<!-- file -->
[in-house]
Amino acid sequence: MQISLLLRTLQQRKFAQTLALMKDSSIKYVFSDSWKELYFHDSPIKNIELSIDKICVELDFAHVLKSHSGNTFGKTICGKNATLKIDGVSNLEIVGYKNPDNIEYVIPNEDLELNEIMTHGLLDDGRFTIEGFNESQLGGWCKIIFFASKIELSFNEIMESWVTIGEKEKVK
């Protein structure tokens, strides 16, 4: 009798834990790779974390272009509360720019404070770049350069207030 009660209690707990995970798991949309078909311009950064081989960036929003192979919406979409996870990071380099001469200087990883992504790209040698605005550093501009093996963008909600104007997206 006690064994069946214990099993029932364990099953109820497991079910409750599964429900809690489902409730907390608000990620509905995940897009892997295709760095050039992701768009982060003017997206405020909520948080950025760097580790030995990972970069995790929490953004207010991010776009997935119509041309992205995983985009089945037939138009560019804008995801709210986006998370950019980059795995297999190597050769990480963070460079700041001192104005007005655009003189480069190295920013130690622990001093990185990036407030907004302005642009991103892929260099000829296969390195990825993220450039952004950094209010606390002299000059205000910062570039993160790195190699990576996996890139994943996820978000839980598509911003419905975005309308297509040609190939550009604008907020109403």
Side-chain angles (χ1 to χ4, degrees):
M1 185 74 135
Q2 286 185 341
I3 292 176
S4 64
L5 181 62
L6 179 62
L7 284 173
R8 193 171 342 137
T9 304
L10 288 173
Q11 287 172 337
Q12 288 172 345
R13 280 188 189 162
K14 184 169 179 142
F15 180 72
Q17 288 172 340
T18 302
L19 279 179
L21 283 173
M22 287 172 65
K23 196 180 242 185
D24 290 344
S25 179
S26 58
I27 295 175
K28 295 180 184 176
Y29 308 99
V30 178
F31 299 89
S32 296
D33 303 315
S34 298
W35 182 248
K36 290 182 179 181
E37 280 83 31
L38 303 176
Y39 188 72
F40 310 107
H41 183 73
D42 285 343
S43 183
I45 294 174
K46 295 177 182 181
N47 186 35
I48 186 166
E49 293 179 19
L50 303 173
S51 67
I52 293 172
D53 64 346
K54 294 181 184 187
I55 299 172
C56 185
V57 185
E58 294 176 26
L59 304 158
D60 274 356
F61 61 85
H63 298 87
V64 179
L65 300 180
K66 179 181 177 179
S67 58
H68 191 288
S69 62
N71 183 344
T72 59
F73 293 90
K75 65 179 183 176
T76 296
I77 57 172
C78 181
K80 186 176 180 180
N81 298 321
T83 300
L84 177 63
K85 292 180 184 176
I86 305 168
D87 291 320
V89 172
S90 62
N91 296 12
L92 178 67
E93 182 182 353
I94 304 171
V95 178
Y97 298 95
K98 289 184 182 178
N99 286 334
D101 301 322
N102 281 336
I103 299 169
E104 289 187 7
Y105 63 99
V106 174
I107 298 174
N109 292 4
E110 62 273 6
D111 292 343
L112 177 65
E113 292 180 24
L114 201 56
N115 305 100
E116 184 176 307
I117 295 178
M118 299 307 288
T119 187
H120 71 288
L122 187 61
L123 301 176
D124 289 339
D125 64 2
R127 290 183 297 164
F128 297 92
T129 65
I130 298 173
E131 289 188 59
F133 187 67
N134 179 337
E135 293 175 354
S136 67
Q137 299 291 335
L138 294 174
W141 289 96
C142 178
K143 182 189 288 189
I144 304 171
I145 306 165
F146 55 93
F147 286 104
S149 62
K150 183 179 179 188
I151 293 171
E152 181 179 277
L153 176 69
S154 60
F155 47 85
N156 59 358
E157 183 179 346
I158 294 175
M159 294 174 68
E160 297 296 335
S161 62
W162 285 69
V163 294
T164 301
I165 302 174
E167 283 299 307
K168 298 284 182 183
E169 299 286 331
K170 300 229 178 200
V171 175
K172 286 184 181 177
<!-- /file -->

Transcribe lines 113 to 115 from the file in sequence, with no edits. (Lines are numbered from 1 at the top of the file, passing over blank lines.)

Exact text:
L122 187 61
L123 301 176
D124 289 339